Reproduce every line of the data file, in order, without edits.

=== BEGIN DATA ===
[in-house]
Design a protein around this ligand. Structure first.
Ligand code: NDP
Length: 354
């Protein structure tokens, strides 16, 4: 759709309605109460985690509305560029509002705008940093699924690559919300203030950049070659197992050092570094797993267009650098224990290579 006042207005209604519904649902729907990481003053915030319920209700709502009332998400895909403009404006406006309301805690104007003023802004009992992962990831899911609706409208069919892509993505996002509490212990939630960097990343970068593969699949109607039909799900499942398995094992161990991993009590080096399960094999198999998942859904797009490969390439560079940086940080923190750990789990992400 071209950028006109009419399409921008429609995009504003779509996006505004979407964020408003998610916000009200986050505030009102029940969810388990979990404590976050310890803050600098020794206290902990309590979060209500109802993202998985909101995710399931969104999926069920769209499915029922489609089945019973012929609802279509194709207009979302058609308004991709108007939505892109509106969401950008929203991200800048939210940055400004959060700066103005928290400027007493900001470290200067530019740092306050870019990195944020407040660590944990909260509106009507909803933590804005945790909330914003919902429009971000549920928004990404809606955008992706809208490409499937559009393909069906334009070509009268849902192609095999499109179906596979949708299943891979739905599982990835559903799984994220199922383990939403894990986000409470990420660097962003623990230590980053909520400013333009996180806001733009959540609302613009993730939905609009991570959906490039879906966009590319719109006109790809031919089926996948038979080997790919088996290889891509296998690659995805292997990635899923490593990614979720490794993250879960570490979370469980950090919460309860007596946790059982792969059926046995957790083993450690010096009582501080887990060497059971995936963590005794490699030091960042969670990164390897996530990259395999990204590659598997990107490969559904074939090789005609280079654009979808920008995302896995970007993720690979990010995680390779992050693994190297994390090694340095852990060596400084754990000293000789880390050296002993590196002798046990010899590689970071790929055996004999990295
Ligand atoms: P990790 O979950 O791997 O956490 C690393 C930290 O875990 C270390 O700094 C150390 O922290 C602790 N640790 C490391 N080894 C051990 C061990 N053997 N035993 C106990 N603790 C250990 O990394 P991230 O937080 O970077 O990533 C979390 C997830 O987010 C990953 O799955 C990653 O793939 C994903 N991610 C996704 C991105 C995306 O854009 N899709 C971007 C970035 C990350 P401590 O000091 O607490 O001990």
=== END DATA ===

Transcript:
[in-house]
Design a protein around this ligand. Structure first.
Ligand code: NDP
Length: 354
């Protein structure tokens, strides 16, 4: 759709309605109460985690509305560029509002705008940093699924690559919300203030950049070659197992050092570094797993267009650098224990290579 006042207005209604519904649902729907990481003053915030319920209700709502009332998400895909403009404006406006309301805690104007003023802004009992992962990831899911609706409208069919892509993505996002509490212990939630960097990343970068593969699949109607039909799900499942398995094992161990991993009590080096399960094999198999998942859904797009490969390439560079940086940080923190750990789990992400 071209950028006109009419399409921008429609995009504003779509996006505004979407964020408003998610916000009200986050505030009102029940969810388990979990404590976050310890803050600098020794206290902990309590979060209500109802993202998985909101995710399931969104999926069920769209499915029922489609089945019973012929609802279509194709207009979302058609308004991709108007939505892109509106969401950008929203991200800048939210940055400004959060700066103005928290400027007493900001470290200067530019740092306050870019990195944020407040660590944990909260509106009507909803933590804005945790909330914003919902429009971000549920928004990404809606955008992706809208490409499937559009393909069906334009070509009268849902192609095999499109179906596979949708299943891979739905599982990835559903799984994220199922383990939403894990986000409470990420660097962003623990230590980053909520400013333009996180806001733009959540609302613009993730939905609009991570959906490039879906966009590319719109006109790809031919089926996948038979080997790919088996290889891509296998690659995805292997990635899923490593990614979720490794993250879960570490979370469980950090919460309860007596946790059982792969059926046995957790083993450690010096009582501080887990060497059971995936963590005794490699030091960042969670990164390897996530990259395999990204590659598997990107490969559904074939090789005609280079654009979808920008995302896995970007993720690979990010995680390779992050693994190297994390090694340095852990060596400084754990000293000789880390050296002993590196002798046990010899590689970071790929055996004999990295
Ligand atoms: P990790 O979950 O791997 O956490 C690393 C930290 O875990 C270390 O700094 C150390 O922290 C602790 N640790 C490391 N080894 C051990 C061990 N053997 N035993 C106990 N603790 C250990 O990394 P991230 O937080 O970077 O990533 C979390 C997830 O987010 C990953 O799955 C990653 O793939 C994903 N991610 C996704 C991105 C995306 O854009 N899709 C971007 C970035 C990350 P401590 O000091 O607490 O001990």